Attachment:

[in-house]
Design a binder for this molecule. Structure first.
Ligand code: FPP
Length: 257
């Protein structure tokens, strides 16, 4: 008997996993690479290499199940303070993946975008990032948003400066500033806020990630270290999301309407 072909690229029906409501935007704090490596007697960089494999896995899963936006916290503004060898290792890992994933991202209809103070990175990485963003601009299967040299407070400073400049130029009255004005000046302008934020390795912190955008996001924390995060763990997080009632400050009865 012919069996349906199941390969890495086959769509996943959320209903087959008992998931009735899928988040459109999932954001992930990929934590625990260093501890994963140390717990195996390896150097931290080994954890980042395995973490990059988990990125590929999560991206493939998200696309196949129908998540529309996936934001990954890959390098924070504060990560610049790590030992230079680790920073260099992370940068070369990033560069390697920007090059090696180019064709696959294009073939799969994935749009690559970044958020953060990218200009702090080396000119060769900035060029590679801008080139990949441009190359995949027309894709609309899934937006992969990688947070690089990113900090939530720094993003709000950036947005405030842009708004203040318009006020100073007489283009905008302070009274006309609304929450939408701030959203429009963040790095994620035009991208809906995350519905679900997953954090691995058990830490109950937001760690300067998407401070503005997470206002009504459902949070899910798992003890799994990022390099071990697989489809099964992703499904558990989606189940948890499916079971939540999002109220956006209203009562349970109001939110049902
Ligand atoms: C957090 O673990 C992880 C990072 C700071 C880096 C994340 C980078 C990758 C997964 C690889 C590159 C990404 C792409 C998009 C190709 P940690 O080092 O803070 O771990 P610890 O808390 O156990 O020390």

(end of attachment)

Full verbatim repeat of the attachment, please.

[in-house]
Design a binder for this molecule. Structure first.
Ligand code: FPP
Length: 257
């Protein structure tokens, strides 16, 4: 008997996993690479290499199940303070993946975008990032948003400066500033806020990630270290999301309407 072909690229029906409501935007704090490596007697960089494999896995899963936006916290503004060898290792890992994933991202209809103070990175990485963003601009299967040299407070400073400049130029009255004005000046302008934020390795912190955008996001924390995060763990997080009632400050009865 012919069996349906199941390969890495086959769509996943959320209903087959008992998931009735899928988040459109999932954001992930990929934590625990260093501890994963140390717990195996390896150097931290080994954890980042395995973490990059988990990125590929999560991206493939998200696309196949129908998540529309996936934001990954890959390098924070504060990560610049790590030992230079680790920073260099992370940068070369990033560069390697920007090059090696180019064709696959294009073939799969994935749009690559970044958020953060990218200009702090080396000119060769900035060029590679801008080139990949441009190359995949027309894709609309899934937006992969990688947070690089990113900090939530720094993003709000950036947005405030842009708004203040318009006020100073007489283009905008302070009274006309609304929450939408701030959203429009963040790095994620035009991208809906995350519905679900997953954090691995058990830490109950937001760690300067998407401070503005997470206002009504459902949070899910798992003890799994990022390099071990697989489809099964992703499904558990989606189940948890499916079971939540999002109220956006209203009562349970109001939110049902
Ligand atoms: C957090 O673990 C992880 C990072 C700071 C880096 C994340 C980078 C990758 C997964 C690889 C590159 C990404 C792409 C998009 C190709 P940690 O080092 O803070 O771990 P610890 O808390 O156990 O020390």